Chaintech Apogee AA5700U

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Chaintech Apogee AA5700U
Redefining the meaning of mainstream

By Robert Maloney
March 15th, 2004

Benchmarks With Unreal Tournament 2003
DX8 Performance In The Mainstream

Epix's Unreal Tournament has consistently been one of the most popular shooters, and by no coincidence is it also one of the most used benchmarks for video card testing.  There are many variants to testing the demo version, one of which is to use a "Flyby", which plays back a recorded tour of one of the levels.  Here in the labs, we use a custom INI file that maximizes the graphical settings, and then displays the average frame rate for three strenuous resolutions.  We chose the 1024x768x32 and 1600x1200x32 scores for our reports, with and without anti-aliasing samples.  We kept Anisotropic filtering disabled here because NVIDIA and ATi aren't doing the same level of trilinear filtering when aniso and trilinear are enabled together.

Unreal Tournament 2003 was the first chance we got to see any major differences between the 9600XT and the AA5700U.  In what appears to be the usual case, the 5900XT moved right to the head of the class, leading in each benchmark except when applying 6 samples of anti-aliasing at 1024x768.  The AA5700U took an early lead over the 9600XT when no AA samples were added.  It fell slightly behind at the lower resolution, but the hit was much less pronounced at 1600x1200, allowing it to maintain a decent 45.19 frames per second.  The 9600XT on the other hand, took a drastic loss in performance, only able to produce 26.71 fps.  We weren't able to get reliable 6XAA scores at 1600x1200 on the GeForce cards, possibly due to an issue with the latest ForceWare drivers.  We'll keep you posted if we find out anything further about this.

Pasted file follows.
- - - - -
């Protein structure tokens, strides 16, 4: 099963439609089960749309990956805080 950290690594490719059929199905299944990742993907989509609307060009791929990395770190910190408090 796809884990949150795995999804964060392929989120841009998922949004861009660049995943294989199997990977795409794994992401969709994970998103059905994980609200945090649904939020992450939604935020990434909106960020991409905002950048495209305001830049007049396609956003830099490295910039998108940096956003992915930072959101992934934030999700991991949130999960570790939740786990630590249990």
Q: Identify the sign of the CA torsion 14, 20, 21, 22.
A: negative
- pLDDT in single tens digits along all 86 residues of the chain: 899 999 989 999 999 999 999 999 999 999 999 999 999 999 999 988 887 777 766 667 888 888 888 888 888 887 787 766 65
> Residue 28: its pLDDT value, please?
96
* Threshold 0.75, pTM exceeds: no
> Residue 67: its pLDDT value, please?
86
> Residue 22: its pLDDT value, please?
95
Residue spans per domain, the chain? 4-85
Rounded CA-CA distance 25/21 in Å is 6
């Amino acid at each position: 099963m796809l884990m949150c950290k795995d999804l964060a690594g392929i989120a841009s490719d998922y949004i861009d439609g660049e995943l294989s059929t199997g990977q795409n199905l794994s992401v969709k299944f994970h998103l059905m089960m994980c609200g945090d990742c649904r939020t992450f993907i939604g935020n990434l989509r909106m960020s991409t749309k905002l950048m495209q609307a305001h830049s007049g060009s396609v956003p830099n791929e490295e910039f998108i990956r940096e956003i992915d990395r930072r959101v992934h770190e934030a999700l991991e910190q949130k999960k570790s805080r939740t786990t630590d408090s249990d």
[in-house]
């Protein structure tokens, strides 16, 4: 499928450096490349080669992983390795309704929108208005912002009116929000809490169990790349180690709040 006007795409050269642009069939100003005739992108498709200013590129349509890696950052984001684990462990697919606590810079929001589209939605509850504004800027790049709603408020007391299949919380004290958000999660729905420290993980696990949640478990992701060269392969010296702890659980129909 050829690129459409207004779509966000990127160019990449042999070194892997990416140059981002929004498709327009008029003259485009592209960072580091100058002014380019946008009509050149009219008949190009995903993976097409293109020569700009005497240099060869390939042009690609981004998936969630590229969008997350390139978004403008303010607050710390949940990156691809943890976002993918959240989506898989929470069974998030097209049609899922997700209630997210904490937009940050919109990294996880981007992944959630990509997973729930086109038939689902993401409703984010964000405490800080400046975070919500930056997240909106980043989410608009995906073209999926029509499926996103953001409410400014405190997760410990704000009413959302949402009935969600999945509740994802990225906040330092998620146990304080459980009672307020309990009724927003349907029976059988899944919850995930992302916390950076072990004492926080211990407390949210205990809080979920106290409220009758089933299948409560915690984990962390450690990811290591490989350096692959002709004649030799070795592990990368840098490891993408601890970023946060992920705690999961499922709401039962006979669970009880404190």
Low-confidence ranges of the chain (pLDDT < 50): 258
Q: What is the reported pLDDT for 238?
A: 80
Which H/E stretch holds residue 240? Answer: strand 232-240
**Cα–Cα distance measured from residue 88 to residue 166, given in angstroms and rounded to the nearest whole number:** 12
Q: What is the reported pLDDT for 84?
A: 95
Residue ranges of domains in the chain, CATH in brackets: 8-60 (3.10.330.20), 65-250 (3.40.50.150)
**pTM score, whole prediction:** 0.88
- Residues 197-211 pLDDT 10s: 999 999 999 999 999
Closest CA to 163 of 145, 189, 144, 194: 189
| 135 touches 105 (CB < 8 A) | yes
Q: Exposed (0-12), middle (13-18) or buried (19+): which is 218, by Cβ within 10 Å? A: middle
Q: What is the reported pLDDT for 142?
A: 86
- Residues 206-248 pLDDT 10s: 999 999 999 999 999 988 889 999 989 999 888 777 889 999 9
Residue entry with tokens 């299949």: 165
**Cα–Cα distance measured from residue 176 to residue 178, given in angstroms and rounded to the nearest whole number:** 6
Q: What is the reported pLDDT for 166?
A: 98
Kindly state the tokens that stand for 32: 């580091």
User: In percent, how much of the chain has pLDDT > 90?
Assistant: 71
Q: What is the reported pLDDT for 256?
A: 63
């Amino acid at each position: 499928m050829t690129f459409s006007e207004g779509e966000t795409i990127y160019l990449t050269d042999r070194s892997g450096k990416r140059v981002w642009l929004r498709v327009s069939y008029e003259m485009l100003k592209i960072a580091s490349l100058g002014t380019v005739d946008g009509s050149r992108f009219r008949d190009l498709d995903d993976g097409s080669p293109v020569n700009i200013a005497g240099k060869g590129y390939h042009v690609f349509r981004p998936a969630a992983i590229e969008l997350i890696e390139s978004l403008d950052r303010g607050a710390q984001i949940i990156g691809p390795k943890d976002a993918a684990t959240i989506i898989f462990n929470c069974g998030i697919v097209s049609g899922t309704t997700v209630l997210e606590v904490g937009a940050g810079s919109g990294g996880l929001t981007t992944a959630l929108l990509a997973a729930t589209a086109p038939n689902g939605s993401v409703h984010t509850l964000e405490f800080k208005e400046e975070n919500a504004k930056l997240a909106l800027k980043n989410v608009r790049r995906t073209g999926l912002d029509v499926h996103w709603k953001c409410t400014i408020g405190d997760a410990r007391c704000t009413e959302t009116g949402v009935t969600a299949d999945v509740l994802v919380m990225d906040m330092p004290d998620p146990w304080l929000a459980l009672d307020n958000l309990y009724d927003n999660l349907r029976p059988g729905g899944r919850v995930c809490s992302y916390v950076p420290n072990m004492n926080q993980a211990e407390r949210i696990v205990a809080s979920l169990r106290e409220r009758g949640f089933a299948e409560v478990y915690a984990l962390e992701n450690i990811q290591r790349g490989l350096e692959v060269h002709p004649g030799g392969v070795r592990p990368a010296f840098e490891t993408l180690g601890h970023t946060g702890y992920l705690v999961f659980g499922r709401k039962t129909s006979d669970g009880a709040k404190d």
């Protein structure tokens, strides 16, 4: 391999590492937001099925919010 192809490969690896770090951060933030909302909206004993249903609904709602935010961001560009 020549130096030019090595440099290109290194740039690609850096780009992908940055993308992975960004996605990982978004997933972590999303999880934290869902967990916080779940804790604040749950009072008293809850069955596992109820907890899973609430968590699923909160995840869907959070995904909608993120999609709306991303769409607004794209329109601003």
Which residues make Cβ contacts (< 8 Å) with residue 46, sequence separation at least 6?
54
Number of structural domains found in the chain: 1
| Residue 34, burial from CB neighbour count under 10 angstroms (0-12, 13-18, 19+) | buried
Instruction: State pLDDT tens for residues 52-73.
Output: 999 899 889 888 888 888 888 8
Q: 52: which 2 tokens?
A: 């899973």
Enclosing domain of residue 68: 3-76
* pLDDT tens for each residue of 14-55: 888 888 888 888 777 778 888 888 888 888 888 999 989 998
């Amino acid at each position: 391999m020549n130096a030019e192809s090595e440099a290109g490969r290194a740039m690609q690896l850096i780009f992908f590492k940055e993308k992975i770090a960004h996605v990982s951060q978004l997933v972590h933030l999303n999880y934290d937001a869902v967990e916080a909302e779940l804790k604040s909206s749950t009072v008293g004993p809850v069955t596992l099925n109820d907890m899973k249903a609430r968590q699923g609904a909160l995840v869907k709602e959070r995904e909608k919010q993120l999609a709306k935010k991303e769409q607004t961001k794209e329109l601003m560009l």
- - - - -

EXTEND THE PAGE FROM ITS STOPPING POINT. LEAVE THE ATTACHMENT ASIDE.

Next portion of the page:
Head-to-Head Performance With Splinter Cell
Stealth Pixel Shading Redefined

Splinter Cell's version 1.2 patch includes three pre-recorded demos and incorporates a previously unavailable benchmarking tool.  The demos included with the patch are somewhat limited by CPU performance, however, so we used the custom Oil Rig demo created by the folks at Beyond 3D to test with this game.  Beyond 3D's demo removes two CPU intensive routines while increasing dependence on Pixel Shader performance.  Shaders are used to render the realistic looking ocean water surrounding the Oil Rig in the demo, as well as simulating a night vision effect.  As we've mentioned in the past, anti-aliasing doesn't work with Splinter cell (at least with the current version).  Due to this fact, we do not have any AA scores listed in the graphs below.

The 5900XT claimed this benchmark as its own, no questions asked.  The AA5700U and the 9600XT, on the other hand, are neck and neck at both resolutions.  There's no way to paint either as the victor, so we'll have to call it a tie again this time.  What we would like to point out is that the relative placement of the cards has made changed very little since the first time we paired them up, even with newer Catalyst and ForceWare drivers.

Final Fantasy & Gun Metal Tests    

Tags:  Tech, Apogee, 5700, chaintech, AA, 570, A5, AP, AI, A57

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